By Lilian Anekwe
GPs could see a huge increase in workload if the UK drug regulator acts on proposals to ban the use of patient group directions.
The MHRA’s review has been sparked by concerns that PGDs are being misused and that scrapping PCTs may mean they may no longer be legal in their current form.
The agency is inviting views on ‘the positive and negative aspects of PGDs generally and whether they are worth retaining in their present form’ but insists they will only be kept if there are ‘good reasons’ to do so.
One of its concerns is that PGDs are being used to ‘cope with shortages of staff with prescribing qualifications …. and may be an obstacle to non-medical prescribers attaining independent prescribing qualifications’.
There are also concerns they are being increasingly used to ‘manage planned care, as distinct from unannounced clinical need, and no longer meet the original intention that they should be reserved for those limited situations where this offers a distinct advantage for patient care.’
But the overhaul of NHS structures outlined in the White Paper has also led to worries they will no longer be legal in their current form.
‘It is also unclear who will be legally responsible for authorising PGDs once PCTs are abolished, and so the MHRA is inviting views on whether GP consortia, as the commissioning body, should have responsibility for monitoring them.’
The consultation also seeks views on whether to amend current legislation governing patient specific directions (PSDs), which currently allow medicines to be administered to an individual in a hospital or health centre, so PSDs could no longer be used in health centres – including GP practices.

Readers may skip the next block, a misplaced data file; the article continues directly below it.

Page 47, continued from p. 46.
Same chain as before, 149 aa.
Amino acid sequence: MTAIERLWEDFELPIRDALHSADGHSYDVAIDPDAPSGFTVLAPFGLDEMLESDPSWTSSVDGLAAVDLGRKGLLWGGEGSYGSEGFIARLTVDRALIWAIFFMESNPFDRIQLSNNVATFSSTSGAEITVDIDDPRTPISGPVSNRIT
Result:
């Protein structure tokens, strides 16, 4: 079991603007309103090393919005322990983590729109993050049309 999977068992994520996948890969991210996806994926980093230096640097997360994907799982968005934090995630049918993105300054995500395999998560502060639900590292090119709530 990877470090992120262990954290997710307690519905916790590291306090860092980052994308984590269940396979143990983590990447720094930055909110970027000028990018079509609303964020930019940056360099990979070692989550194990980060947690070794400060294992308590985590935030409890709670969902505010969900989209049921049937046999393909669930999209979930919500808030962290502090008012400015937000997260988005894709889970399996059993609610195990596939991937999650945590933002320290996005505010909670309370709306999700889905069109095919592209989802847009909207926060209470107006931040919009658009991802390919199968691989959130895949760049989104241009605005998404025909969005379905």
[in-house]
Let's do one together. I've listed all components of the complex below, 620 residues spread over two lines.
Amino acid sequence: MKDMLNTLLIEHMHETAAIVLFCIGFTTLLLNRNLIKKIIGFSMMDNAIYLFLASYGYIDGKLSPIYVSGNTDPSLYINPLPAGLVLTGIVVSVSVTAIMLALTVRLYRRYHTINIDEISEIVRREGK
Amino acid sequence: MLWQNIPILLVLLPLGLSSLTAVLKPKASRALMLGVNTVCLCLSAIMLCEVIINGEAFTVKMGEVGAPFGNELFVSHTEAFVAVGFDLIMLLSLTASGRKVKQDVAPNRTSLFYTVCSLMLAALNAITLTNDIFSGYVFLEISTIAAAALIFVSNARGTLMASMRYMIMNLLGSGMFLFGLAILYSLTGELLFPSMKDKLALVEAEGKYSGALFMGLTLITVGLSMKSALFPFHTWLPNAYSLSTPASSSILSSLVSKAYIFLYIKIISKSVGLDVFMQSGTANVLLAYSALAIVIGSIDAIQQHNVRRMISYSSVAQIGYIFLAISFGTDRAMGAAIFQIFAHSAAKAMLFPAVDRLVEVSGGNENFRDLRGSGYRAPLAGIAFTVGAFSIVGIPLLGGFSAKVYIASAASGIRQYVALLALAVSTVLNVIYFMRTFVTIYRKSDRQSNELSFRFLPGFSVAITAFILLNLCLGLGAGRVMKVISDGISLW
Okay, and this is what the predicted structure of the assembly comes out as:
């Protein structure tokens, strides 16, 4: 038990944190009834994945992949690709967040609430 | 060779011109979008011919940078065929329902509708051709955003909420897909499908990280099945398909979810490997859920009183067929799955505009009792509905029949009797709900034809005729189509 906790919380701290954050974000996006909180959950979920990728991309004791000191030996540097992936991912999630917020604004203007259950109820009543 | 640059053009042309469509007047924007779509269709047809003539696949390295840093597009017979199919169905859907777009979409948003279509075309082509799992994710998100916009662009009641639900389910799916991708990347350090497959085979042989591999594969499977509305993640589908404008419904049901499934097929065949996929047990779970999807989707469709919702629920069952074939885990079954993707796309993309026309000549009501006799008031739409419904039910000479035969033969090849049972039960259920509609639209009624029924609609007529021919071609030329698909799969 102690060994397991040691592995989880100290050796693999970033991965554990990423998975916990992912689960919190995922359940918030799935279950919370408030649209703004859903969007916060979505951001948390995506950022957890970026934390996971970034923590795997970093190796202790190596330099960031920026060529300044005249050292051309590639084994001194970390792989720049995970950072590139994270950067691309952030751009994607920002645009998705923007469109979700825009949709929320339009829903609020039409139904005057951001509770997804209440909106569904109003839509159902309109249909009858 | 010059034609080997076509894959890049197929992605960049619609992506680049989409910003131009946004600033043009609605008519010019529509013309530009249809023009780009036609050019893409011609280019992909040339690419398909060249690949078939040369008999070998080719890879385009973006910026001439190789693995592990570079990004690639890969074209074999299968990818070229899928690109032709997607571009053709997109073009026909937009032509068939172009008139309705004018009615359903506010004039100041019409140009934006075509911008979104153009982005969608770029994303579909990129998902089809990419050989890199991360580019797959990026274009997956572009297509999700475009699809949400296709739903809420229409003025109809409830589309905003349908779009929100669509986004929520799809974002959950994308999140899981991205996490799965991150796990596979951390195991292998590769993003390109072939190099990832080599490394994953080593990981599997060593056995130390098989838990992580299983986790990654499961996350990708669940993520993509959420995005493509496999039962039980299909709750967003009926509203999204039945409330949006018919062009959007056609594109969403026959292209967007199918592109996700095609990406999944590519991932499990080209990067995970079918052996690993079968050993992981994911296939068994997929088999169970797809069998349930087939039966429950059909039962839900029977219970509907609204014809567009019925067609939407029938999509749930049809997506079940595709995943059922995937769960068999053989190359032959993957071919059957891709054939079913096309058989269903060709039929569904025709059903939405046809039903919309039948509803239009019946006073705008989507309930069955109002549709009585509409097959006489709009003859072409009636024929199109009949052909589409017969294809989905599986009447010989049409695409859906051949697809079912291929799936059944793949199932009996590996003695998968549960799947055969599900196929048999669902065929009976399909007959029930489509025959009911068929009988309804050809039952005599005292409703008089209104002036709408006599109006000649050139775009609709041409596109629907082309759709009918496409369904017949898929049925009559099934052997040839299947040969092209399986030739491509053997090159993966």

It also appears to rule out any future use of PGDs to prescribe travel vaccinations or other medicines ‘that are not provided at NHS expense’.
Dr Andrew Green, a GP in Hull and a member of the GPC clinical and prescribing subcommittee, told Pulse the group would be submitting a response to the MHRA.
‘Patient group directions are useful and it’s vital that they – or a mechanism like them – are retained. They provide a legal framework to hand over work to other qualified practice staff.
‘Not only would we like to see them retained but we would also like to see amendments made to allow them to be used for private medicines like travel vaccinations, and to healthcare assistants, as it would be useful to include them in some of the work we do around flu vaccination.’
Flu vaccination is a common use of patient group directions Problems with PGDs
• ‘Development of PGDs can be time consuming and are perceived as bureaucratic.’
• ‘With the organisational changes being proposed for the NHS, we have concerns that, without amendment, the legislation will not support the use of PGDs in future.’
• ‘Who should be required to authorise PGDs? Should it be the commissioning body as they will have responsibility for monitoring the services provided?’
• ‘We take the view that there is no reason for an NHS body to take responsibility for authorising provision of a private service within the surgery.’
Source: MHRA Review of medicines legislation: informal consultation on the provisions for patient group directions and other matters, 22 October